mTOR controls mitochondrial dynamics and cell survival via MTFP1

Identification: Prudent, Julien


mTOR controls mitochondrial dynamics and cell survival via MTFP1
Julien Prudent1, Masahiro Morita2,3, John J. Bergeron4, Heidi H. McBride5, Nahum Sonenberg3
1Medical Research Council Mitochondrial Biology Unit, University of Cambridge, Wellcome Trust/MRC building, Cambridge Biomedical Campus, Hills Road, Cambridge CB2 0XY, UK;
2Department of Biochemistry and Goodman Cancer Research Centre, McGill University, Montreal, QC H3A1A3, Canada; 3Department of Molecular Medicine and Barshop Institute of Longevity and Aging Studies, University of Texas Health San Antonio, San Antonio, TX 78229, USA; 4Department of Medicine, McGill University Health Centre Research Institute, Montreal, QC H4A 3J1, Canada; 5Montreal Neurological Institute, McGill University, Montreal, QC H3A 2B4, Canada
The mechanisms that link environmental and intracellular stimuli to mitochondrial functions, including fission and fusion, ATP production, metabolite biogenesis and apoptosis, are not well understood. Here, we demonstrate that the nutrient-sensing mechanistic/mammalian target of rapamycin complex 1 (mTORC1) stimulates translation of mitochondrial fission process 1 (MTFP1) to control mitochondrial fission and apoptosis. Expression of MTFP1 is coupled to the phosphorylation states and the mitochondrial recruitment of the fission GTPase, dynamin-related protein 1 (DRP1). Potent active-site mTOR inhibitors lead to mitochondrial hyperfusion due to the diminished translation of MTFP1 mediated by the translation initiation factor 4E (eIF4E)-binding proteins (4E-BPs). Uncoupling MTFP1 levels from the mTORC1/4E-BP pathway upon mTOR inhibition blocks the hyperfusion response and leads to mitochondrial fragmentation and apoptosis by converting mTOR inhibitor action from cytostatic to cytotoxic. These data provide direct evidence for the survival function of mitochondrial hyperfusion upon mTOR inhibition by employing MTFP1 as a critical effector of mTORC1 to govern cell fate decisions.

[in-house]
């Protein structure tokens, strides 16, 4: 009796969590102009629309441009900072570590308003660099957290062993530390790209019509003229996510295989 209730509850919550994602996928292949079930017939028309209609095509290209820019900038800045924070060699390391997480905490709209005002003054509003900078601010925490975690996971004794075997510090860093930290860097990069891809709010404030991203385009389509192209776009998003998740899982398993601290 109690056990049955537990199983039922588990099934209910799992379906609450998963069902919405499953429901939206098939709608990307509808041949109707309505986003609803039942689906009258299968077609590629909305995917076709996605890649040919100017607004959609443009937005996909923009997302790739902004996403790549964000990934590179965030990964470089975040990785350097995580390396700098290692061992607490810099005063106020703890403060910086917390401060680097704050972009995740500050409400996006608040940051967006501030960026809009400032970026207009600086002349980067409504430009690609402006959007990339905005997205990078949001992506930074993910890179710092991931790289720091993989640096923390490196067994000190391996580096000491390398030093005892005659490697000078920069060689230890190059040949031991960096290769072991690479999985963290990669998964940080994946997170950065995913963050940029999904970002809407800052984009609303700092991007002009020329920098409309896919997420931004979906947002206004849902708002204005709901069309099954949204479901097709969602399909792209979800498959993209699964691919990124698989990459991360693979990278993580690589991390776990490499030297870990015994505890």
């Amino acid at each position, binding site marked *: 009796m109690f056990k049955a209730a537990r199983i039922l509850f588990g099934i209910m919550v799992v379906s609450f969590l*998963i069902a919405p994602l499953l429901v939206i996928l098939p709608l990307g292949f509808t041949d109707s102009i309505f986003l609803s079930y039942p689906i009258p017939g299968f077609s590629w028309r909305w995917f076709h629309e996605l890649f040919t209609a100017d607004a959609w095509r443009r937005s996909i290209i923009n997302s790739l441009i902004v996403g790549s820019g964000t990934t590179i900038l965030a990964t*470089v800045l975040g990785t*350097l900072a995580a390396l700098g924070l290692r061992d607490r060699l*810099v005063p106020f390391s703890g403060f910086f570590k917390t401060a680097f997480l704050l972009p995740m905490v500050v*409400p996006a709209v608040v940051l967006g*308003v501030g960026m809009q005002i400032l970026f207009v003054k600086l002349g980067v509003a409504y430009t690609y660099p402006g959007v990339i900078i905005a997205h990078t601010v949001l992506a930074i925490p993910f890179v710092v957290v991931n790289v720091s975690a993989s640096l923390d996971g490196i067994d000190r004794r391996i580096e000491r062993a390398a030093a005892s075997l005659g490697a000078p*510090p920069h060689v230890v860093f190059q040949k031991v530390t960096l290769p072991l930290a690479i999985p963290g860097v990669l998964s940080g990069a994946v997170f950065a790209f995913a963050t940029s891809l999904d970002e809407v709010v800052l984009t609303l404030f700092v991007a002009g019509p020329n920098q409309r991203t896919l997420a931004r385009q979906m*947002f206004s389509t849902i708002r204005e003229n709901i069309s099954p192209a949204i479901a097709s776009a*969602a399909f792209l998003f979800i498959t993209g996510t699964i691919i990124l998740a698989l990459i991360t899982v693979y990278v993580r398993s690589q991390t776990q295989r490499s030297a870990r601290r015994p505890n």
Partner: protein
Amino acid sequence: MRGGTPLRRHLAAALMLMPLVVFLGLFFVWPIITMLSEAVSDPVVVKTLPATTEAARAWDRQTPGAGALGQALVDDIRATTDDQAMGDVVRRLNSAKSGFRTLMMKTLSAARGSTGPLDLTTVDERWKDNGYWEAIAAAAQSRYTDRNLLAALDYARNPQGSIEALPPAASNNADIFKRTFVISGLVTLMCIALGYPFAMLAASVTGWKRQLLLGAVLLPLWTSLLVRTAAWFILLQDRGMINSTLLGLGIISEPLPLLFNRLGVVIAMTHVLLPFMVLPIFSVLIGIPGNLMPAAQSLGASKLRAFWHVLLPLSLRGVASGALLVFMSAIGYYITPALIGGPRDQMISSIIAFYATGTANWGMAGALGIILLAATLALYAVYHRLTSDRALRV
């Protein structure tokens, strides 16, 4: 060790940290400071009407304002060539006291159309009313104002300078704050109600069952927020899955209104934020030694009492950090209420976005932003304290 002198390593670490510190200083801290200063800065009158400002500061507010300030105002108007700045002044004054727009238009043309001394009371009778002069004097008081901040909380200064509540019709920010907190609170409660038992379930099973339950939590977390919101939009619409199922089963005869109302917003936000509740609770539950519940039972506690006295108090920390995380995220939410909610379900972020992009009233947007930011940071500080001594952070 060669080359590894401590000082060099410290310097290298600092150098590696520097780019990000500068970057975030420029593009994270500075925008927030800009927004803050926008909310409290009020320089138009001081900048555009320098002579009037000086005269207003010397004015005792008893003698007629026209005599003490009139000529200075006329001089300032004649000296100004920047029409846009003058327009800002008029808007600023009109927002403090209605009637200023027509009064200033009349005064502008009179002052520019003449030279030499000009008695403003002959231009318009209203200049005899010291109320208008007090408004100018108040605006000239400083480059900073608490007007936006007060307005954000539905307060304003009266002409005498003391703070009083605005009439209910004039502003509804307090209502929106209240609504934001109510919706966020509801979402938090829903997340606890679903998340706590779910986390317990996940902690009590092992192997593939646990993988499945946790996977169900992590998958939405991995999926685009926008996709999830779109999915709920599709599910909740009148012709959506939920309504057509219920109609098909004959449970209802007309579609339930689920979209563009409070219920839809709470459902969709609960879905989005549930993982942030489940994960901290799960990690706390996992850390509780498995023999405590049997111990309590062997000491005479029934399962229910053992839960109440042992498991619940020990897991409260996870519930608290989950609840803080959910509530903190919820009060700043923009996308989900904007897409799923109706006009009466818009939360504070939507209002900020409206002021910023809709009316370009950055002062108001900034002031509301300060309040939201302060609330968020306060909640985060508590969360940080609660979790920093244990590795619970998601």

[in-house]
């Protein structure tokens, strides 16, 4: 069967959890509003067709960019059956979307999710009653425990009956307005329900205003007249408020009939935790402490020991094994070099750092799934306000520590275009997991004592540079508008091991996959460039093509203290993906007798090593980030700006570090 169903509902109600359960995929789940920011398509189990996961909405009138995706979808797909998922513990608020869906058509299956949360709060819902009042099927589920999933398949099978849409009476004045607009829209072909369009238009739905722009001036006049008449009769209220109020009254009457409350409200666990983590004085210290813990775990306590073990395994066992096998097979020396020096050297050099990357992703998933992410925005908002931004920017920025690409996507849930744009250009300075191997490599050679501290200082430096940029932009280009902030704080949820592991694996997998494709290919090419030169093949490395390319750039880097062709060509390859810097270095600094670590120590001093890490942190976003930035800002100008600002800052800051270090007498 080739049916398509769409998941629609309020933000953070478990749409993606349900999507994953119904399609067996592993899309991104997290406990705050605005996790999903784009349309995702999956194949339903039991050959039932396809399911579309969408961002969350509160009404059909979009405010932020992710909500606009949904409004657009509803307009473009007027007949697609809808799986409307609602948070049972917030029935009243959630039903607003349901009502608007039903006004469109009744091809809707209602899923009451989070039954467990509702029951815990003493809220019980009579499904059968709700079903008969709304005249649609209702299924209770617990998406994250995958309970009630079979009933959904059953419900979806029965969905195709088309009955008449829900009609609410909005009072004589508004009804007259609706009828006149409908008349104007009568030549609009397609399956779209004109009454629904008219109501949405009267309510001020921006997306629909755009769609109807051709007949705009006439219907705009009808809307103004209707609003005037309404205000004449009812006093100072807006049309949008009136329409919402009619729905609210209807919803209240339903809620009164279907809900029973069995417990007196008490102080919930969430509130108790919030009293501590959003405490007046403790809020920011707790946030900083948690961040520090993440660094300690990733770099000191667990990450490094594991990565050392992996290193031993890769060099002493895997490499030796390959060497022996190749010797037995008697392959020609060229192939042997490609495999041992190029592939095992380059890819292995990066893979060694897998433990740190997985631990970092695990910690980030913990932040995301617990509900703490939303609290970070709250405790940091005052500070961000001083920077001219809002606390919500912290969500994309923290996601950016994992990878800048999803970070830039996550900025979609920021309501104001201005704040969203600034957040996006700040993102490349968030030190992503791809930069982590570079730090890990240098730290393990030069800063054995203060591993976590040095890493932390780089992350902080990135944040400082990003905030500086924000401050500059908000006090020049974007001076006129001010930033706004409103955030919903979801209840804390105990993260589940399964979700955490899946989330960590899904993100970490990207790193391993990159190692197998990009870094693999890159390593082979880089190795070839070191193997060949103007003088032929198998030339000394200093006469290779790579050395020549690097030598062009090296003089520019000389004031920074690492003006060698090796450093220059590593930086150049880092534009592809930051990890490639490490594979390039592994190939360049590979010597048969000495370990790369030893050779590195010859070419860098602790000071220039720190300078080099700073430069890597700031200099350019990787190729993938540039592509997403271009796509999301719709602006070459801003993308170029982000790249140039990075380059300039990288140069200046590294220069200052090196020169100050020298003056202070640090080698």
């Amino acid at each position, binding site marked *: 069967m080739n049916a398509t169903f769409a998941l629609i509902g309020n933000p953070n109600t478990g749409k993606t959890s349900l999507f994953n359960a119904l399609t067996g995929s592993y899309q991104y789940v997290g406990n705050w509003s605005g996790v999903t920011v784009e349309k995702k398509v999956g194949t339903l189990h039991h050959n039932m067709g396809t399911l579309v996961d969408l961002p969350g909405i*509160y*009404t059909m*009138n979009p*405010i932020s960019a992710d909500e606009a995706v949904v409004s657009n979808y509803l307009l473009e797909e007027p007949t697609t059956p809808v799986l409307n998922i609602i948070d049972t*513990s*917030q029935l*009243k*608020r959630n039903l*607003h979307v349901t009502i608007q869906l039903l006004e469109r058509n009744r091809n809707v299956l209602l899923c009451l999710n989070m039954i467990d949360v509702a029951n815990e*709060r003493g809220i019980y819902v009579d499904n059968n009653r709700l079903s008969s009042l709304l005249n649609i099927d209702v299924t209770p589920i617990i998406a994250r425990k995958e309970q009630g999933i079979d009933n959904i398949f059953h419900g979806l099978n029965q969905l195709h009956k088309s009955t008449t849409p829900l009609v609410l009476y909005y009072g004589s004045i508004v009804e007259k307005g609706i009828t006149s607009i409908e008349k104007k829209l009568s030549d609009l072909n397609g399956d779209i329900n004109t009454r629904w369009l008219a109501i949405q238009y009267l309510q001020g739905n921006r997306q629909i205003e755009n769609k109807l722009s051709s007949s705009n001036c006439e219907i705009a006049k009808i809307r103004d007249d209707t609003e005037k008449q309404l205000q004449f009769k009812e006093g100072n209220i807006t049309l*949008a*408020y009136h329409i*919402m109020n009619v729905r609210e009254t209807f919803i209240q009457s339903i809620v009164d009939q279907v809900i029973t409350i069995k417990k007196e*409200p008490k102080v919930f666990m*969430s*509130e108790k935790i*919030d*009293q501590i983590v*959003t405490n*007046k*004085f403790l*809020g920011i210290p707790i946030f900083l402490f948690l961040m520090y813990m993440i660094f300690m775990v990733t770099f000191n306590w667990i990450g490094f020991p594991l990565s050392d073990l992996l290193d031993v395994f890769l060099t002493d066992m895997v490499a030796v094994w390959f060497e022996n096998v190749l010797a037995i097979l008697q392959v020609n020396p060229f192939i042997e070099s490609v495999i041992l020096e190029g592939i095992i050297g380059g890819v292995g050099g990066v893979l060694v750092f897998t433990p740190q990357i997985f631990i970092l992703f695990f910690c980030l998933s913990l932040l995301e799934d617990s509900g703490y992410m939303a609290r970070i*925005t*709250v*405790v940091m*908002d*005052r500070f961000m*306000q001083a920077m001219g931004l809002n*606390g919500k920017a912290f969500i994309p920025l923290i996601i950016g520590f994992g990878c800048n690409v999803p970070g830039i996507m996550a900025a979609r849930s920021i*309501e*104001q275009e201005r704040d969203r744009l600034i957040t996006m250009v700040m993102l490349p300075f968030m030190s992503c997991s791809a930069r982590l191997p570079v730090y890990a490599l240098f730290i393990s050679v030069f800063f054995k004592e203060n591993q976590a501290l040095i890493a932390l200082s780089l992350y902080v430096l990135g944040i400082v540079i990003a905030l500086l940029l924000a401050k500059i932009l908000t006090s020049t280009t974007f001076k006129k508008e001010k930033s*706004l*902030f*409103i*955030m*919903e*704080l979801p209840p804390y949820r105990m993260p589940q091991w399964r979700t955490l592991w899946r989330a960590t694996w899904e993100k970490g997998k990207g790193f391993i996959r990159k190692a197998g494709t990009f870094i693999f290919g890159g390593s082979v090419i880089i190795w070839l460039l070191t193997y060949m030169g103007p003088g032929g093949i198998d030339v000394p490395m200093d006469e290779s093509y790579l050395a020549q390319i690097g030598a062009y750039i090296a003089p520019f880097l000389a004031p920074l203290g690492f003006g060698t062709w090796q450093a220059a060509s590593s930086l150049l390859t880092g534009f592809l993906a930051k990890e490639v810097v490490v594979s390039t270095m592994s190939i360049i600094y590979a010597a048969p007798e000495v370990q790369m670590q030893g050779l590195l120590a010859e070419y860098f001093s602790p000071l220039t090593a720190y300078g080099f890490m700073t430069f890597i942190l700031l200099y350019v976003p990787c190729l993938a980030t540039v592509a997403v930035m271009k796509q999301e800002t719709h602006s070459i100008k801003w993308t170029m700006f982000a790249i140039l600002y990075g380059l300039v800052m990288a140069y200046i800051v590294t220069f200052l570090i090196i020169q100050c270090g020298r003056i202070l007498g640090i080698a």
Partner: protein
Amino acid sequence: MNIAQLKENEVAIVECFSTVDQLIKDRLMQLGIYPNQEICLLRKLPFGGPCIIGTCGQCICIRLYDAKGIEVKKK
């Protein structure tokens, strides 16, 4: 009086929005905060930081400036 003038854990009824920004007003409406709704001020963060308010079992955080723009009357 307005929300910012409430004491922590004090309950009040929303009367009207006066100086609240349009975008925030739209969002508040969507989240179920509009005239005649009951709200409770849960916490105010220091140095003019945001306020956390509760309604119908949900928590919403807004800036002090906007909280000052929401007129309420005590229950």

Credits: None available.

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